You are correct. We could have made other assumptions.
But there is a special reason why we DO want 1. Because we are bounding the probability, and so there is nothing to prove if we claim that a probability is less equal to 1. So, whenever the RHS (i.e. the bound) evaluates to 1 or bigger, there is nothing to prove. So we only need to consider the case when the bound evaluates to less than 1.
Quote:
Originally Posted by CountVonCount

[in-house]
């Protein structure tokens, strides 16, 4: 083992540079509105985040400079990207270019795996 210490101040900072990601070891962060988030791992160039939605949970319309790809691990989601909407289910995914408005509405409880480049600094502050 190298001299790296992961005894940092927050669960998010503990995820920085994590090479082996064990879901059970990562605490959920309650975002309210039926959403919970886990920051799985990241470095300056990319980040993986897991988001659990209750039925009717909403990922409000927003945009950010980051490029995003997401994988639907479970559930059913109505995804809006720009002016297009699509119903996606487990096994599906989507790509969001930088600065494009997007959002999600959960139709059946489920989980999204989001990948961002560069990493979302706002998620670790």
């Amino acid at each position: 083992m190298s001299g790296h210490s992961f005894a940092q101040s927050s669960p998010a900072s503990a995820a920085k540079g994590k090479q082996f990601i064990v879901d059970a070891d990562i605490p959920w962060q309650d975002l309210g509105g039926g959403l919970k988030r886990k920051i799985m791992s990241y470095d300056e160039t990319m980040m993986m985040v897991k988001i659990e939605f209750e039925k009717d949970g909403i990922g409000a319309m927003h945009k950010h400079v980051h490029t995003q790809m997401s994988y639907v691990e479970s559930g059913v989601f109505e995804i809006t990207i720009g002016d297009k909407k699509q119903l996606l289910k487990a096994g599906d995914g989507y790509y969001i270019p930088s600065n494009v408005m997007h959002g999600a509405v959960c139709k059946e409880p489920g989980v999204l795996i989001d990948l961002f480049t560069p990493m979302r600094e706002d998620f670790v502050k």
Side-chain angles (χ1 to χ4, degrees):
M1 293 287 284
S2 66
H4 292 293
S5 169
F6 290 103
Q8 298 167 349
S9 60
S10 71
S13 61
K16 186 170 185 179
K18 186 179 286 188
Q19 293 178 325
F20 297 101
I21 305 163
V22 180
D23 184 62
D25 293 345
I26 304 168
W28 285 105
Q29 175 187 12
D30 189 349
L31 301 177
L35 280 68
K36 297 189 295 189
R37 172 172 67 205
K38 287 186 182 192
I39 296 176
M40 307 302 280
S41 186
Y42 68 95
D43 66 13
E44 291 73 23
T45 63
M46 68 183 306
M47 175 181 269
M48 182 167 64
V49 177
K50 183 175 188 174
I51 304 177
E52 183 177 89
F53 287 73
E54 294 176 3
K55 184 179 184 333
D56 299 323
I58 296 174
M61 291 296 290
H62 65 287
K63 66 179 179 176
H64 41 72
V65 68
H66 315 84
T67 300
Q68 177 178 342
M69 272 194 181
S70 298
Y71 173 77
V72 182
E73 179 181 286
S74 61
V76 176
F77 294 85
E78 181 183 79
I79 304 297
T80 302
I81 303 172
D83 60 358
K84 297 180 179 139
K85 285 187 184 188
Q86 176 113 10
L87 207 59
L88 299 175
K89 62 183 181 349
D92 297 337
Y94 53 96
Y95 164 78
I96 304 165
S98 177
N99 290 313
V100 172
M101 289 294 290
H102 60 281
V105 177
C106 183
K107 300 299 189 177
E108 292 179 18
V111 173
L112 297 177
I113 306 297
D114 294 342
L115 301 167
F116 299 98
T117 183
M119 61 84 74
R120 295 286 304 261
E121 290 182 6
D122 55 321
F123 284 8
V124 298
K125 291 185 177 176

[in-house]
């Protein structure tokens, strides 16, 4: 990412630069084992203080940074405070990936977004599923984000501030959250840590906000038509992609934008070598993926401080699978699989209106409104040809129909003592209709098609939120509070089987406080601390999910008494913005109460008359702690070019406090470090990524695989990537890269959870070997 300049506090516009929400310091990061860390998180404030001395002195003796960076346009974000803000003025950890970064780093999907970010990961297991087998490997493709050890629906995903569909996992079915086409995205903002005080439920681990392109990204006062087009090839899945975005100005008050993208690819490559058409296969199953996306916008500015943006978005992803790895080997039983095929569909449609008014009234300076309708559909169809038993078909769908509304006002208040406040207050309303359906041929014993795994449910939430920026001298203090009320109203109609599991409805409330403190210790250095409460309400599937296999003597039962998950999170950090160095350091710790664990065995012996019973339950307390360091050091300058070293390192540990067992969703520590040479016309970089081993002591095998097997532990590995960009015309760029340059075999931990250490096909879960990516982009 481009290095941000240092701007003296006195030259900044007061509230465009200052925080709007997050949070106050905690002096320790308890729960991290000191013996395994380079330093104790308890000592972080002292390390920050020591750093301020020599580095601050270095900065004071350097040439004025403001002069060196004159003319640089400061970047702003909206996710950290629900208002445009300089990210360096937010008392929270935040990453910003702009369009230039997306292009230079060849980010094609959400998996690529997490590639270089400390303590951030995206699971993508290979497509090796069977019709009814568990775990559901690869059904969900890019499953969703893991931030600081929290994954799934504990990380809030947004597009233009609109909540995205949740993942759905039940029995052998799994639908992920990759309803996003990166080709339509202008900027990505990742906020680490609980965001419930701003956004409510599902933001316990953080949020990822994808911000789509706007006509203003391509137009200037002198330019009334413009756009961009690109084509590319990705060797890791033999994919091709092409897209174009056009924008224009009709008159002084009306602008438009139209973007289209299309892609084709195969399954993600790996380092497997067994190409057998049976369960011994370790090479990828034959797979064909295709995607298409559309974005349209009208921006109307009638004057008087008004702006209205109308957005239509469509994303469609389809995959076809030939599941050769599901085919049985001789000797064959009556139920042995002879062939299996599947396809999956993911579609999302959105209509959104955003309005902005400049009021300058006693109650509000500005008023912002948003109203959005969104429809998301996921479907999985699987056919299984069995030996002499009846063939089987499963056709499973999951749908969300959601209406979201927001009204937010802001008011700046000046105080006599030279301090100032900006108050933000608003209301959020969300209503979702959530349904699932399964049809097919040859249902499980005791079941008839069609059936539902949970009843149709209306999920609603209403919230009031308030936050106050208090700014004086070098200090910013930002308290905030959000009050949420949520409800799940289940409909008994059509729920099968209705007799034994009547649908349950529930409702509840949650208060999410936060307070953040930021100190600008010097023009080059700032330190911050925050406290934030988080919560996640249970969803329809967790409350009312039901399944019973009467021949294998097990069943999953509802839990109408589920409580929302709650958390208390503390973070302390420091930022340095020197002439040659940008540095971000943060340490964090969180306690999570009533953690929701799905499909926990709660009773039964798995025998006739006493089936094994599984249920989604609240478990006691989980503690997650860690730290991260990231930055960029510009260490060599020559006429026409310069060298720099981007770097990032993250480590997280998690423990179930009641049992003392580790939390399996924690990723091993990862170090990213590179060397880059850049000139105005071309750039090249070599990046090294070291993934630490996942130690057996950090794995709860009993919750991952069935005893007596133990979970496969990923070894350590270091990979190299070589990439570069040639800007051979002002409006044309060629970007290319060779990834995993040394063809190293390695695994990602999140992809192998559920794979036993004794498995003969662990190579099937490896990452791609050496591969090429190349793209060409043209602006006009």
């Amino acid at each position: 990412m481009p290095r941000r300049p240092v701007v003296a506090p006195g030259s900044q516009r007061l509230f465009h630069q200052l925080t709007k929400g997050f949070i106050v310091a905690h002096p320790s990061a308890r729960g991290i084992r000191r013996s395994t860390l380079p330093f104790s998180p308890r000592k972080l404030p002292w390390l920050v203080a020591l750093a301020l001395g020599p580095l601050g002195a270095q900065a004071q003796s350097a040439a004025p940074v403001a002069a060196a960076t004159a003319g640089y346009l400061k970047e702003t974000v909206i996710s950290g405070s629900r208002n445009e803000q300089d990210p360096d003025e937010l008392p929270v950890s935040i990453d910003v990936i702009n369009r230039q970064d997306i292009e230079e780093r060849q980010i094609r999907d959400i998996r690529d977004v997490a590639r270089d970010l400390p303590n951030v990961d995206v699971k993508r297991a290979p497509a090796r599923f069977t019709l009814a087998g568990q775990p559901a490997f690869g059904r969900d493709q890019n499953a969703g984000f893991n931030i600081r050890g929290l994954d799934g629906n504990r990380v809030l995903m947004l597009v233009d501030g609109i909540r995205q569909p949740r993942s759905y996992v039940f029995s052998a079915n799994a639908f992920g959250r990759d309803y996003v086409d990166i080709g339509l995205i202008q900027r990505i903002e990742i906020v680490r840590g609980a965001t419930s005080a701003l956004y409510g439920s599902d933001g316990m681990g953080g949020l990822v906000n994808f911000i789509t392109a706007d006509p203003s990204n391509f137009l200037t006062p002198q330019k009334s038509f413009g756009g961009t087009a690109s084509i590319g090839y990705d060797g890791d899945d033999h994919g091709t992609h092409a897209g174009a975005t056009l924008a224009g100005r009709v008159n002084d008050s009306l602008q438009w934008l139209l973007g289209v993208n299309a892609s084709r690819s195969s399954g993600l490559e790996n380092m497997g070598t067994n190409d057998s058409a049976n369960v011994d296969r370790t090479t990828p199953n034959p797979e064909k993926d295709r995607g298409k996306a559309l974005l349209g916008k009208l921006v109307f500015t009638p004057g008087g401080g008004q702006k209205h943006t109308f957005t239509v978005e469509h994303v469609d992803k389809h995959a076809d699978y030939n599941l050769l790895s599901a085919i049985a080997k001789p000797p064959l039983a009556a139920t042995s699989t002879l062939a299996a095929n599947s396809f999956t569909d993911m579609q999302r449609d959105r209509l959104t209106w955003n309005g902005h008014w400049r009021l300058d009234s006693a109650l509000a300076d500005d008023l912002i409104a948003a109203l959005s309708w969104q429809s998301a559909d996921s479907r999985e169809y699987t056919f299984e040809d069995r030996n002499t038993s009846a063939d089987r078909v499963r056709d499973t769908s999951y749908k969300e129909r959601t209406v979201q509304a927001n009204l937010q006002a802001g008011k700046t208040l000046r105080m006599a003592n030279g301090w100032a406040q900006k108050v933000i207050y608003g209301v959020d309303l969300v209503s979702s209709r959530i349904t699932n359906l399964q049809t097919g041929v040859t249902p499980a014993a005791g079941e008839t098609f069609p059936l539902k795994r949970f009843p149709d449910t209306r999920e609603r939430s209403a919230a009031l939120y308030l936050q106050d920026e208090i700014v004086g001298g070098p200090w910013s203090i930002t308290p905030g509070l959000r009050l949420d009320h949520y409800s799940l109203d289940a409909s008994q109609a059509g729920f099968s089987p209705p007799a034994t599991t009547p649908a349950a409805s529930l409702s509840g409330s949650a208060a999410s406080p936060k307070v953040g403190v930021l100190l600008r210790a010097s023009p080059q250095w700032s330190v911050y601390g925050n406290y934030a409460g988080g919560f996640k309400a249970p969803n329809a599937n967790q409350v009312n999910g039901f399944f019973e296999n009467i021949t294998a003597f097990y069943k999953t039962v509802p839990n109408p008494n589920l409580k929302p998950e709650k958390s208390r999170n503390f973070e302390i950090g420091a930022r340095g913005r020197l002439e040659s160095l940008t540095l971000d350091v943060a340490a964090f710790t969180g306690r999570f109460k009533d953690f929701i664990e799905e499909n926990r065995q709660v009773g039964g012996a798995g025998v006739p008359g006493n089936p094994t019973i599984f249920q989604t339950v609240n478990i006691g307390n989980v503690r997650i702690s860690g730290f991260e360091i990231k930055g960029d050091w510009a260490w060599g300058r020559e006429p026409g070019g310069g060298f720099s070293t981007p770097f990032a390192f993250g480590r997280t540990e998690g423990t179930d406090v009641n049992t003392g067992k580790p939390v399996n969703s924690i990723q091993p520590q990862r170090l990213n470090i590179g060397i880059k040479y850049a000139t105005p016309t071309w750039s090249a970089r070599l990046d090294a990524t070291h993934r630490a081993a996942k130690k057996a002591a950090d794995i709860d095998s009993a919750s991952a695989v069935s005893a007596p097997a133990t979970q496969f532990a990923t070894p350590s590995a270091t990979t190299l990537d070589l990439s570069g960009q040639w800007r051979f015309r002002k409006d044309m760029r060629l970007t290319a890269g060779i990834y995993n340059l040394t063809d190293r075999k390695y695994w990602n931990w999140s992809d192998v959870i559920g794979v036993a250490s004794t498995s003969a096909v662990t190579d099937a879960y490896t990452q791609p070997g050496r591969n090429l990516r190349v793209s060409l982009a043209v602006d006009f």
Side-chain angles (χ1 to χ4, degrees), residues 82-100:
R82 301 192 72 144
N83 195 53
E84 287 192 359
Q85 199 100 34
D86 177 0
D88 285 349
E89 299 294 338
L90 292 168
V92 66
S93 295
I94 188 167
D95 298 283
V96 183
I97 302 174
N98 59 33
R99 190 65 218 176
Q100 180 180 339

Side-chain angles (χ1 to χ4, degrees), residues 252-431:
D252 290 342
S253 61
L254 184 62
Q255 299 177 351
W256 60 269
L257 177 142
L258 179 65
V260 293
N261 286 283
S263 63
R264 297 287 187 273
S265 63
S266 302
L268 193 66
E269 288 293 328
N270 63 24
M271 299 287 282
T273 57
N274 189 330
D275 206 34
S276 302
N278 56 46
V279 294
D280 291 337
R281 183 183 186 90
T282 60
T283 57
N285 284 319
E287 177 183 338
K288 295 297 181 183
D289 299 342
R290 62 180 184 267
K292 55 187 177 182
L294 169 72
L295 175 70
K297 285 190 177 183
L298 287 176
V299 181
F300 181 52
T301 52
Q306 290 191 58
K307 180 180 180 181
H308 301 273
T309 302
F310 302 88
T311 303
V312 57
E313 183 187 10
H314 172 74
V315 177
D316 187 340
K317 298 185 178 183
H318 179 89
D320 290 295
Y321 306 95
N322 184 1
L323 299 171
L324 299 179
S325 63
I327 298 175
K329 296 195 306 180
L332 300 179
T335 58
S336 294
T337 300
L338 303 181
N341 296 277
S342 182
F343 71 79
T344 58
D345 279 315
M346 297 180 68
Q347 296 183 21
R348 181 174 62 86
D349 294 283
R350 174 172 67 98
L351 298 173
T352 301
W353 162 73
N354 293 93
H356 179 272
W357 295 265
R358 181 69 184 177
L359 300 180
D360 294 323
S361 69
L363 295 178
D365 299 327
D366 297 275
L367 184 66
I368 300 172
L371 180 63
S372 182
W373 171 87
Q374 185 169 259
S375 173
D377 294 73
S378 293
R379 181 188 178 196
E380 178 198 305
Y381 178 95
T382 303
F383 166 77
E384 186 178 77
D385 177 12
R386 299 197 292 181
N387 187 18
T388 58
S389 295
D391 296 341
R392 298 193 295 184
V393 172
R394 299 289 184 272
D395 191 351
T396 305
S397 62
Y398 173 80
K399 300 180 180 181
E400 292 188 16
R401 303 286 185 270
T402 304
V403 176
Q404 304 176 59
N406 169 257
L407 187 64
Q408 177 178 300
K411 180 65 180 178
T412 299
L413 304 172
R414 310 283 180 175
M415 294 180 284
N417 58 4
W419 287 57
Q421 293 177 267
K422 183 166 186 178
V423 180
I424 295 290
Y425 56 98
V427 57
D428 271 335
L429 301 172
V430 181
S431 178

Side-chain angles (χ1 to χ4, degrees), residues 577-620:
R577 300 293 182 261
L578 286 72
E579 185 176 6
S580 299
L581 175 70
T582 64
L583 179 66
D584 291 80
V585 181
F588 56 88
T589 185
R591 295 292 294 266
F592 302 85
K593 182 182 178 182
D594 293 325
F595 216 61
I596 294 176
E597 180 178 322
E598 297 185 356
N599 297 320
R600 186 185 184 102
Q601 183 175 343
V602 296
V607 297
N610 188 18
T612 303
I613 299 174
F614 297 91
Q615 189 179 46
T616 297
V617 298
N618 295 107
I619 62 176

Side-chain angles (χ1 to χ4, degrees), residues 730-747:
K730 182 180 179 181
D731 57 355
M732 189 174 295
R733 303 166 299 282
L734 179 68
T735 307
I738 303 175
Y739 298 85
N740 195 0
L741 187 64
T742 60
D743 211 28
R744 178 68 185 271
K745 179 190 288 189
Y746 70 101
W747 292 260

Hello,
thanks for the answer. I understand this argument, however this holds also for
or for
Thus the value 1/4 is somehow magic for me.
Edit: I think you choose 1/4 because it is so easy to see, that the RHS of Theorem A.1 gets 1. Nevertheless with a different value you would get a different outcome of the final formula.